Ten alternative snow sports for non-skiers

Caroline Bishop
Caroline Bishop - [email protected]
Ten alternative snow sports for non-skiers
Photo: Jan Geerk/

Don’t like downhill skiing?


Don't worry, winter turns Switzerland into a natural playground and there are plenty of other activities to get you outdoors in the beautiful snow. Take our cue and try one or two of these fun sports this season.

1. Cross-country skiing

Photo: Marcus Gyger/Swiss Image

If downhill skiing isn’t your thing, try cross-country – or Nordic – skiing instead. It’s easier to learn than downhill and the gear is much cheaper to hire, plus it’s a good workout. There are numerous trails around the country. Be inspired by the mighty Engadin Ski Marathon by taking to the tracks around Engadin St Moritz in eastern Switzerland, or head to the Jura mountains, where there are plenty of places to try the sport for the first time.

2. Ice skating

Most major cities in Switzerland set up an outdoor ice-rink or two during the winter months. The largest is the manmade outdoor Dolder rink in Zurich, which has been attracting keen skaters since the 1930s. Or try Interlaken’s Ice Magic event, set up in the centre of town until February.

But you can’t beat skating on the vast Lac de Joux in the Jura. At over 1,000m altitude, the 9.5km2 lake often freezes over in winter to become the largest natural ice rink in Europe.

3. Snowshoeing

Photo: Jan Geerk/Swiss Image

When the snow descends, many of Switzerland’s numerous hiking trails turn into winter walking and snowshoeing paths. Head to the UNESCO World Heritage-listed Aletsch glacier in the canton of Valais to walk its beautiful trails including one that follows the ridge alongside the glacier.

Another great place to try it is Les Paccots in the Fribourg prealps, which offers organized snowshoe hikes including some at night, by head torch, stopping for a hearty fondue dinner in a mountain cabin along the way.

4. Ski-joering

Originally a Scandinavian activity, ski-joering has become popular in the Alps in recent years. It’s open to anyone, though a sense of balance and some ability on skis (cross-country, at least) will help you stay upright when being pulled along on skis by a galloping horse. Try it for yourself at Nax in the canton of Valais, which offers initiation lessons.


Photo: Christof Sonderegger/Swiss Image

If you haven’t tobogganed since childhood, you’re missing out – it’s tons of fun, whatever your age. There are runs all over Switzerland, but the longest is the run from the Faulhorn near Grindelwald in the Bernese Oberland. It takes dedication to get there – the start of the run, at 2,686m, is a two hour hike from the top of the First cable car. But you’re rewarded for your efforts with 15km of uninterrupted sledging back down to the village.

For a night-time experience, head to Les Diablerets in the Vaud Alps which offers night tobogganing on selected evenings, with the chance to warm up with fondue and wine in a mountain restaurant before donning your head torch for the 7km slide down.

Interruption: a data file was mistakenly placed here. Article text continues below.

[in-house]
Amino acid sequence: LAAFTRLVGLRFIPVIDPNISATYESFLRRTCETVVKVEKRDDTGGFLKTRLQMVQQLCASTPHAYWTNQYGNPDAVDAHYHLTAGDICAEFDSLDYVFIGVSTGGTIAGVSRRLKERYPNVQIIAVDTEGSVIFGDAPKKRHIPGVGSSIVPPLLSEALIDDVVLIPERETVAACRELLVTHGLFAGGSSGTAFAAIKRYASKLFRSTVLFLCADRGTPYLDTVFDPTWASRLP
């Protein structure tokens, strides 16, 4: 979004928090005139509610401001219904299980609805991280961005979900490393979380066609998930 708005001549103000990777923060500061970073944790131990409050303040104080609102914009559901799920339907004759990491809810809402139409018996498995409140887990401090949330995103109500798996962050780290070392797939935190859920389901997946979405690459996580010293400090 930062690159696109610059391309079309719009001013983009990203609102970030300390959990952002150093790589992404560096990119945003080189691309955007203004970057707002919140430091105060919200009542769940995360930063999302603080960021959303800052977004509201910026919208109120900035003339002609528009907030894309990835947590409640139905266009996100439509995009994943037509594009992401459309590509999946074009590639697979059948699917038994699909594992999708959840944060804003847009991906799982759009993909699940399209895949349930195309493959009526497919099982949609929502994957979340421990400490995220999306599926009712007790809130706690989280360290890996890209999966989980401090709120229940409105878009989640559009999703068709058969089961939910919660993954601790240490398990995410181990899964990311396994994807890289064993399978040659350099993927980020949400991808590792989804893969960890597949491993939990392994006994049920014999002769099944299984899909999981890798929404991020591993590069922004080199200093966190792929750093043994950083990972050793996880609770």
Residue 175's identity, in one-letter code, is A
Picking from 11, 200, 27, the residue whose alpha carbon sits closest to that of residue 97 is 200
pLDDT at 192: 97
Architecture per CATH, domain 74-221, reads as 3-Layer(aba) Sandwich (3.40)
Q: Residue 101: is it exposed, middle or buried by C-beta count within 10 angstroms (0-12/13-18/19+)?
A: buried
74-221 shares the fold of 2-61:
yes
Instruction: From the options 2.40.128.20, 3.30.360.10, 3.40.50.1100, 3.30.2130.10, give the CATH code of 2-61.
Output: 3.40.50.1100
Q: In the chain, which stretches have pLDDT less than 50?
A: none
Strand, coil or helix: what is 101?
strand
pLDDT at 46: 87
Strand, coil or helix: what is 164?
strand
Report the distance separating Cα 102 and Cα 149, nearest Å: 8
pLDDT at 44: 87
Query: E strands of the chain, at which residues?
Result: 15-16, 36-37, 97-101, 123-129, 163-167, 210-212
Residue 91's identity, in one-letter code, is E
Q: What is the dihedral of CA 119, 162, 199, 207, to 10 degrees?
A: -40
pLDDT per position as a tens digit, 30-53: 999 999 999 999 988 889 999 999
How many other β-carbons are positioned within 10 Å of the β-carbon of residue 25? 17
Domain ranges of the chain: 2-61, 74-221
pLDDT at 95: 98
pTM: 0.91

6. Snowbiking  

The latest craze, snow biking involves cycling on snowy trails on special ‘fat bikes’, which have extra-wide tyres to grip on the snow. A pioneer in the sport is the Swiss resort of Gstaad, which in February hosts the third annual Snow Bike Festival, where amateur and professional cyclists alike can compete in a series of events. Numerous sports shops in the village offer snow bikes for hire, if you want to try it for yourself.

7. Velogemel

Photo: The Local

Long before fat bikes made cycling on snow ultra-cool, the residents of Grindelwald were using a wooden velogemel – their version of a snowbike – to get about. Invented over 100 years ago, it’s still made and sold in the village but is now more likely to be used for fun than for transport. Hire one in the village and take the bus up to Bussalp to ‘cycle’ back down again. Oodles of fun.  

8. Ice fishing

High above Thun in the Bernese Oberland, Lake Hinterstocken on the Stockhorn mountain freezes over in winter. Make the most of this natural playground by trying a spot of ice-fishing on the lake. Hire equipment and buy a fishing permit from the Stockhorn Igloo Village, which has a handy bar to warm up in afterwards.

9. Curling

Alp Raguta. Photo: Karl Heinz Hug / Swiss Image

Like lawn bowls on ice, curling’s profile has been boosted over the past few years by thrilling matches at the winter Olympics. At Alp Raguta in the Graubünden you can try the sport on an outdoor curling rink. Or sign up to a two-hour introductory session at Lausanne-Olympique curling club, which also offers beginners’ courses if you want to take it further.

10. Snow tubing

Great fun for all ages, snow-tubing involves sliding down a curved bobsleigh track on an inflatable rubber ring. Have a go at the snow park at Trübsee near Engelberg in the canton of Nidwalden, or the tobogganing park at Leysin in the Vaud Alps.


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